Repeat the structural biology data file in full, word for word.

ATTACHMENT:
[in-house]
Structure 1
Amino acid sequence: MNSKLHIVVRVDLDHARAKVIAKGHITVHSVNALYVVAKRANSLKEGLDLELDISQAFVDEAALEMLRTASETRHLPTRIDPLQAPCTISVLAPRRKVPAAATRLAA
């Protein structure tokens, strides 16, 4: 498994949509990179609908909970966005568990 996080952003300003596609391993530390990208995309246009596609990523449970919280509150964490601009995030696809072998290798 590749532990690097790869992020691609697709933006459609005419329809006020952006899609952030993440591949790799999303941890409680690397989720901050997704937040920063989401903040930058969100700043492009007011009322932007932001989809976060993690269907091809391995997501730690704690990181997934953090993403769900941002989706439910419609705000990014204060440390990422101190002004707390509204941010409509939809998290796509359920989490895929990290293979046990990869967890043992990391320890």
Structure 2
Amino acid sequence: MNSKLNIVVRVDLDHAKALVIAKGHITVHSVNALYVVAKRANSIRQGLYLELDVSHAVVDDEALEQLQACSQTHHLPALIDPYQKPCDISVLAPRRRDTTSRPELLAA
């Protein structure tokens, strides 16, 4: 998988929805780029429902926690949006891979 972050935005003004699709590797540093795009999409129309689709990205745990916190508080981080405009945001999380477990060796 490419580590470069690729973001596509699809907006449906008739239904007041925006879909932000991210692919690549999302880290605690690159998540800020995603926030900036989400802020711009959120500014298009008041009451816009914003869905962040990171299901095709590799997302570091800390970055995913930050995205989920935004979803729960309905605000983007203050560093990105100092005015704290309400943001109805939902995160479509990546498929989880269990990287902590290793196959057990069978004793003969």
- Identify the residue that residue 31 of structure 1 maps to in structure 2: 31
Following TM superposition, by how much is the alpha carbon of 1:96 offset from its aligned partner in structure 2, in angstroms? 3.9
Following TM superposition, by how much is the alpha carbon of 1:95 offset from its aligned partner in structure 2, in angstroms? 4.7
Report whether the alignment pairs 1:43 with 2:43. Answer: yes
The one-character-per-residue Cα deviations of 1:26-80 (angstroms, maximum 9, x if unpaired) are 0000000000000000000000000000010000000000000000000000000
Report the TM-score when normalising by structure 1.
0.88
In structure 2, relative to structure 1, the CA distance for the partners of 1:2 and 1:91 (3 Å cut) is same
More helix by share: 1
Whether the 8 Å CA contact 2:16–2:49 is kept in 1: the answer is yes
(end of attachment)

[in-house]
Structure 1
Amino acid sequence: MNSKLHIVVRVDLDHARAKVIAKGHITVHSVNALYVVAKRANSLKEGLDLELDISQAFVDEAALEMLRTASETRHLPTRIDPLQAPCTISVLAPRRKVPAAATRLAA
């Protein structure tokens, strides 16, 4: 498994949509990179609908909970966005568990 996080952003300003596609391993530390990208995309246009596609990523449970919280509150964490601009995030696809072998290798 590749532990690097790869992020691609697709933006459609005419329809006020952006899609952030993440591949790799999303941890409680690397989720901050997704937040920063989401903040930058969100700043492009007011009322932007932001989809976060993690269907091809391995997501730690704690990181997934953090993403769900941002989706439910419609705000990014204060440390990422101190002004707390509204941010409509939809998290796509359920989490895929990290293979046990990869967890043992990391320890």
Structure 2
Amino acid sequence: MNSKLNIVVRVDLDHAKALVIAKGHITVHSVNALYVVAKRANSIRQGLYLELDVSHAVVDDEALEQLQACSQTHHLPALIDPYQKPCDISVLAPRRRDTTSRPELLAA
């Protein structure tokens, strides 16, 4: 998988929805780029429902926690949006891979 972050935005003004699709590797540093795009999409129309689709990205745990916190508080981080405009945001999380477990060796 490419580590470069690729973001596509699809907006449906008739239904007041925006879909932000991210692919690549999302880290605690690159998540800020995603926030900036989400802020711009959120500014298009008041009451816009914003869905962040990171299901095709590799997302570091800390970055995913930050995205989920935004979803729960309905605000983007203050560093990105100092005015704290309400943001109805939902995160479509990546498929989880269990990287902590290793196959057990069978004793003969």
- Identify the residue that residue 31 of structure 1 maps to in structure 2: 31
Following TM superposition, by how much is the alpha carbon of 1:96 offset from its aligned partner in structure 2, in angstroms? 3.9
Following TM superposition, by how much is the alpha carbon of 1:95 offset from its aligned partner in structure 2, in angstroms? 4.7
Report whether the alignment pairs 1:43 with 2:43. Answer: yes
The one-character-per-residue Cα deviations of 1:26-80 (angstroms, maximum 9, x if unpaired) are 0000000000000000000000000000010000000000000000000000000
Report the TM-score when normalising by structure 1.
0.88
In structure 2, relative to structure 1, the CA distance for the partners of 1:2 and 1:91 (3 Å cut) is same
More helix by share: 1
Whether the 8 Å CA contact 2:16–2:49 is kept in 1: the answer is yes